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TOP 100 MOVIES in 2005!
Andy (Steve Carell) is a mild-mannered guy who collects comic books, movie paraphernalia, and video games. When his co-workers (Paul Rudd, Seth Rogen) discover that Andy has never had sex, they vow to do anything they can in order to help him meet women. Amongst all his sexual trials and travails, Andy meets a single mother (Catherine Keener) who just might be his soul mate.
Aside from its plentiful creative merits, this film is notable for two reasons: 1) it launched, or rather solidified, the career of its main actor Steve Carell, and 2) it launched, or rather solidified, the career of its writer/producer/director Judd Apatow.
The success of this movie led to the formation of the ďApatow Bunch,Ē a clique of funny people who make great movies together...movies that, collectively, have revitalized the comedy genre with their natural, hilarious dialogue and relatable situations. Apatow has become a brand name at this point, a guarantee that what you are about to see is very, very funny because it is very, very true.
Now, even though Judd Apatow has gone on to either direct or produce a number of films since(including KNOCKED UP, SUPERBAD, FORGETTING SARAH MARSHALL, and PINEAPPLE EXPRESS), this one remains my favorite. When pitted against a comedic gang as formidable as the aforementioned movies, thatís saying a lot.
It all boils down to three big reasons: 1) the entire cast is funny...the flick doesn't just depend on one person to carry it. Thatís not to say that Steve Carell doesn't play a compelling
I found it very easy to relate to this movie, and I'm not just saying that because my room is filled with action figures. ďVirgin" has a bit more going on than your average gut-buster. The main character's personality in particular feels a lot more fleshed out than those of most other comedic leads.
For starters, Steve Carell was pitch-perfect as the Virgin (note: if you like Steve Carell, then watch "The Office" if you havenít already; you will be instantly addicted). He was dorky, but in a completely likeable way. Moreover, the movie never really makes fun of him, but seems to be on his side. He's the definitive underdog, and Carell is funny enough, natural enough, and sympathetic enough to get us to root for him. As the movie progresses, we realize that Andy is akin to one of his action figures, scared to come out of his "original packaging" and interact with the real world. To put it bluntly, Andy is afraid of women...he feels understandably insecure around them due to his inexperience. This is why Catherine Keenerís Trish is such a breath of fresh air for our hapless Virgin; she represents a safe haven for him.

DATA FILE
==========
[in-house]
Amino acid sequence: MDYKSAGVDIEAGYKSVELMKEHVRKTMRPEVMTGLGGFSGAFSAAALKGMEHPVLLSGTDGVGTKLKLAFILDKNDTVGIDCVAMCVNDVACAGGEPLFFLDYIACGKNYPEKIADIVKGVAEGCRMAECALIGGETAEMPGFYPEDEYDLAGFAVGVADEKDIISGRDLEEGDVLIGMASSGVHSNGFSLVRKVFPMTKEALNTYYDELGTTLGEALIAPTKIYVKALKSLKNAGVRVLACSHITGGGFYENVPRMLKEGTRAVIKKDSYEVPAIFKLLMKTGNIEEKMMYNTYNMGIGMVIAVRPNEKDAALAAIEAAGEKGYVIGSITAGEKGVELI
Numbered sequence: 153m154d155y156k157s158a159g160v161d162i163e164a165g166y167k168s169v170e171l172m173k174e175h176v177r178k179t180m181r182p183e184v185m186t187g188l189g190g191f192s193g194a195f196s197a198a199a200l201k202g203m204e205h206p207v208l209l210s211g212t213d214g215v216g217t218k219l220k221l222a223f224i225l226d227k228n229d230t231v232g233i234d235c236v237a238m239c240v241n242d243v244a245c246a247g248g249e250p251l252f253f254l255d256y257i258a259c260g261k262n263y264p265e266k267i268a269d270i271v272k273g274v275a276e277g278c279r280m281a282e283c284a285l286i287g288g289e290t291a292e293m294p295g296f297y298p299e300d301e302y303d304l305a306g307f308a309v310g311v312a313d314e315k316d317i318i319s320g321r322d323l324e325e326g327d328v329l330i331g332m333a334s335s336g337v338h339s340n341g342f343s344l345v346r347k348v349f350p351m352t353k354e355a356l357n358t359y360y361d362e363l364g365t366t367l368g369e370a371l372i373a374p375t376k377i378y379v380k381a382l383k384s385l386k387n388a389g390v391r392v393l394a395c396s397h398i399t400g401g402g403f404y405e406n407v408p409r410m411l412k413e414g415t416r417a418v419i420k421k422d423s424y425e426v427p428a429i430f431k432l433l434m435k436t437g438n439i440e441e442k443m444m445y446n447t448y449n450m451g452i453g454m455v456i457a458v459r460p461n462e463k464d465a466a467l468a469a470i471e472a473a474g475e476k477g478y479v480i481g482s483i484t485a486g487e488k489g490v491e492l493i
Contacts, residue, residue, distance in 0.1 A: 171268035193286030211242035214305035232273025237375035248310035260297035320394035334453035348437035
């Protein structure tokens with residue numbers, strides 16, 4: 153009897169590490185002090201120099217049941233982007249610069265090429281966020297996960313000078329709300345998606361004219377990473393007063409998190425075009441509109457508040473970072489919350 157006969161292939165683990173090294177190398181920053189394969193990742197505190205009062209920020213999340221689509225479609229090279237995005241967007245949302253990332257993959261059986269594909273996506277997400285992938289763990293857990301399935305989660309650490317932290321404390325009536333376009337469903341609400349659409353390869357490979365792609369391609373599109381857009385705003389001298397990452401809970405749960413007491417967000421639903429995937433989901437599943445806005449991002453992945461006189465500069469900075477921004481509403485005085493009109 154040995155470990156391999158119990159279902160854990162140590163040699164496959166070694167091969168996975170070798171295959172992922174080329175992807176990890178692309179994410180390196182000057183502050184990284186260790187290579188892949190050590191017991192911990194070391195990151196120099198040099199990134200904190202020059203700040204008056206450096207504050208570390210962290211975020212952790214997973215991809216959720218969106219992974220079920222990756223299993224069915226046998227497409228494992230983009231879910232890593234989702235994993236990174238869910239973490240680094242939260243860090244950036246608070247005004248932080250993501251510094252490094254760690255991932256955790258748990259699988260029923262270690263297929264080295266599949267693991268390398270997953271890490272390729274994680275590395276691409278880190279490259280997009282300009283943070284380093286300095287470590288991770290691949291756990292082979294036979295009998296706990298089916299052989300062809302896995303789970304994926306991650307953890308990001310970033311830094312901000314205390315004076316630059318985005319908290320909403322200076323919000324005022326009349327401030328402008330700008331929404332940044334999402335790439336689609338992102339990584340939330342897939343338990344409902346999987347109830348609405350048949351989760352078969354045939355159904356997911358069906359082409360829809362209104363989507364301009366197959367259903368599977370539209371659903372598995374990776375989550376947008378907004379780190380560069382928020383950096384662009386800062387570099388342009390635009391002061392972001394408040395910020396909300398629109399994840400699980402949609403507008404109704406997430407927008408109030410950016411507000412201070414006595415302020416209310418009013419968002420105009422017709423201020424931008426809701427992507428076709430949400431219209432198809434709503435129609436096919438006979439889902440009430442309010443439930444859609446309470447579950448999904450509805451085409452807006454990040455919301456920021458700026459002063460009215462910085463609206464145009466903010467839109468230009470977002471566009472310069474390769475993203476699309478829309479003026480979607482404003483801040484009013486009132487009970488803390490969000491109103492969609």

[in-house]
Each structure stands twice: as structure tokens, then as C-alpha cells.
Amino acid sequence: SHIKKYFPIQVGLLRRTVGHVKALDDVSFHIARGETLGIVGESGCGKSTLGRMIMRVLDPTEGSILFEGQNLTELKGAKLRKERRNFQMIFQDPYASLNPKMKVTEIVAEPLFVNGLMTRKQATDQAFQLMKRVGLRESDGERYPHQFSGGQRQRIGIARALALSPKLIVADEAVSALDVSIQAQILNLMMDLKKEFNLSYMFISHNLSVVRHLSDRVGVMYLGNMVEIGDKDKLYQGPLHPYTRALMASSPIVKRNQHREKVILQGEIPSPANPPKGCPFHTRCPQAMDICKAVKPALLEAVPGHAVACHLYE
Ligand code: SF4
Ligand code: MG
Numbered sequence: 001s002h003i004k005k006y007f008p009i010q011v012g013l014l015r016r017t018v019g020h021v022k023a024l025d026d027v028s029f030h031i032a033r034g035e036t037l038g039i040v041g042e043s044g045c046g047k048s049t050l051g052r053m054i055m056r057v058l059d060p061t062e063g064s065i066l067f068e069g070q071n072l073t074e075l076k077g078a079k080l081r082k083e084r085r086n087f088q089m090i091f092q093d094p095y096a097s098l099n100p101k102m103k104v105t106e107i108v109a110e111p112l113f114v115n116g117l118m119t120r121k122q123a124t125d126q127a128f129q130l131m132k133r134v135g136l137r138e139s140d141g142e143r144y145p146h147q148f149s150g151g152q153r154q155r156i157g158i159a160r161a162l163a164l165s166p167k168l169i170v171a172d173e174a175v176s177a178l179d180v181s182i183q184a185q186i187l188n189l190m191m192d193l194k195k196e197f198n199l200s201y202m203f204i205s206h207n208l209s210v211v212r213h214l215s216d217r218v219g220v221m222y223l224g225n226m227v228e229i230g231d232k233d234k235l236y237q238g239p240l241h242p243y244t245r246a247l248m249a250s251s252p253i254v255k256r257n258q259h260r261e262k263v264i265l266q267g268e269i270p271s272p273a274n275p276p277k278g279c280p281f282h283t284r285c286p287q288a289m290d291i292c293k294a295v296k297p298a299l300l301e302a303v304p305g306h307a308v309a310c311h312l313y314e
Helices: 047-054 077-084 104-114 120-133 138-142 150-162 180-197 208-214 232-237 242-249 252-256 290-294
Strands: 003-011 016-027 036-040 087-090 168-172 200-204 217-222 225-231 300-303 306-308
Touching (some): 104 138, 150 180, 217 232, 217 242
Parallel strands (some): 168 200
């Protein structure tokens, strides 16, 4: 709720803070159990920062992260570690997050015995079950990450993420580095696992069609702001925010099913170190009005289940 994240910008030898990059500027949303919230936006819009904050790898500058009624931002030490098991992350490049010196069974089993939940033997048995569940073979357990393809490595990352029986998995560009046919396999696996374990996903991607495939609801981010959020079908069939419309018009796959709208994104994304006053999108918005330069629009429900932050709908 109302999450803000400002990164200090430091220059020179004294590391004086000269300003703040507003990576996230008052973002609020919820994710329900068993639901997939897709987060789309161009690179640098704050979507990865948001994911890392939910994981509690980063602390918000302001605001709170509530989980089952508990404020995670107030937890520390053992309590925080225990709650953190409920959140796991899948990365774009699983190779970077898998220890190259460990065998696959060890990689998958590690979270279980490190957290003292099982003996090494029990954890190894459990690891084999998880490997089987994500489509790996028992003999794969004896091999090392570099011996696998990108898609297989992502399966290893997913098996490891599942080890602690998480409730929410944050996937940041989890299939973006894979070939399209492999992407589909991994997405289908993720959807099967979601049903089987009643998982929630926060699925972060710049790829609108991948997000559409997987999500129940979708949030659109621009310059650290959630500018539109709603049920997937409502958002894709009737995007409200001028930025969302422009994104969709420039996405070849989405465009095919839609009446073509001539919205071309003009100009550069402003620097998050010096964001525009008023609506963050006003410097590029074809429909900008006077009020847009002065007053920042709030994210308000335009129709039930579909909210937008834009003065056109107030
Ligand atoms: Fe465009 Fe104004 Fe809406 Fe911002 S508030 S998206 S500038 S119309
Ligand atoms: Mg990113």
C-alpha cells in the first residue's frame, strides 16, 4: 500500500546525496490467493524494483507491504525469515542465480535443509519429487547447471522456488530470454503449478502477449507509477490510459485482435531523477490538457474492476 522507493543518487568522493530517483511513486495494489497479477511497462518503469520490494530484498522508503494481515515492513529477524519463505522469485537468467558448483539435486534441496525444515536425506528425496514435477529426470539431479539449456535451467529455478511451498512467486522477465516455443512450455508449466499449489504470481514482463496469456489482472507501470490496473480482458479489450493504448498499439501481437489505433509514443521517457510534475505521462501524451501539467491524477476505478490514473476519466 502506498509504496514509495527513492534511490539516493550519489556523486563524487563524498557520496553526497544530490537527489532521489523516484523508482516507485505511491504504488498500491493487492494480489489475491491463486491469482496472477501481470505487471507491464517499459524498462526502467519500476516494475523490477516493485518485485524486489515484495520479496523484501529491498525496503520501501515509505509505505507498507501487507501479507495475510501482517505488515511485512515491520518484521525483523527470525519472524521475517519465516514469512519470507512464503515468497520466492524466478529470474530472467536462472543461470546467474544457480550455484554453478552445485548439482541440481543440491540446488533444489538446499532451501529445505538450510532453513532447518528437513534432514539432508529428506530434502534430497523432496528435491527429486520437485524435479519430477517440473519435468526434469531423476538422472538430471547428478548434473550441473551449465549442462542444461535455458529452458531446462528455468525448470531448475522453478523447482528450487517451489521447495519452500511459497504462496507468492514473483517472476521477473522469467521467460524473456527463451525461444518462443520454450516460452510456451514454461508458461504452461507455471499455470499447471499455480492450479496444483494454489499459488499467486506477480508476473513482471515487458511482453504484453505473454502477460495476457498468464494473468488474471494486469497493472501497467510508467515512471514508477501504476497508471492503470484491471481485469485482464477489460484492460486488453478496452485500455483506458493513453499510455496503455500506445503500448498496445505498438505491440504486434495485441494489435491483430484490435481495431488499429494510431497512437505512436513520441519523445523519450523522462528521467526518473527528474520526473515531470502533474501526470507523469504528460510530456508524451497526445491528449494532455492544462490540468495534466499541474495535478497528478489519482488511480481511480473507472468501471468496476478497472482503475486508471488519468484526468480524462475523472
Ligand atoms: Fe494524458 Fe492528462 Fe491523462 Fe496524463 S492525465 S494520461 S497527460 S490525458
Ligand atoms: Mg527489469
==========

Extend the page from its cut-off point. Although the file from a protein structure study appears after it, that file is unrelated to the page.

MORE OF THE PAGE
Speaking of which, Andyís relationship with Trish is handled very well, and the excellent writing is elevated by their effortless chemistry. When the inevitable "make it or break it" argument that always pops up in movies that deal with relationships comes about, it doesn't erupt from a "misunderstanding" that could easily be cleared up with a simple explanation. Instead, it stems from these people's genuine fear of getting hurt, and the only way for them to get past it is by trusting each other.
Yes, I was initially surprised by the depth that this movie contains...keep in mind that it is subtle insight, but nonetheless, it's there. The movie just "gets" its characters, because they are all based on real personalities. All of these characters exist in your world to some degree, I'm sure. Even Andy's friends, who could have been written off as mere comic relief, are well developed. We learn a lot about them, through the things they say and do. They interact and tease each other just like real guys do. Their female nipple discussion and "calling each other gay" scenes especially hit home. Guys do really talk/joke about that stuff.
Not to say that this movie is all about depth and the human condition...it's also freakin' hilarious! The picture has some really funny scenes that caused me to hyperventilate the first time I saw it (the chest-waxing scene comes to mind). Not only that, it also has a plethora of smaller moments scattered throughout that are just as funny, but not as broad, and I always find such attention to detail impressive in comedies. For example, the Farrelly Brothers ("Dumb and Dumber," "Thereís Something About Mary") adhere to this style of comedy, i.e. they mix the small in with the big. Even the "minor" scenes in their films have some humor in them, be it a small slapstick moment or snippet of dialogue, which makes the movie about more than just the big comedic set pieces. In the same fashion, humor is interlaced throughout every scene in "Virgin," which obviously shows that a lot of thought went into its conception.
The 40 Year Old Virgin is not only a great raunchy comedy; itís also an insightful one, to boot. It will tug at your heartstrings. It might make you reassess your life. It will tickle your funny bone...actually, it might even shatter it. It has the best of both worlds; thus, it is undoubtedly one of the best comedies of all time.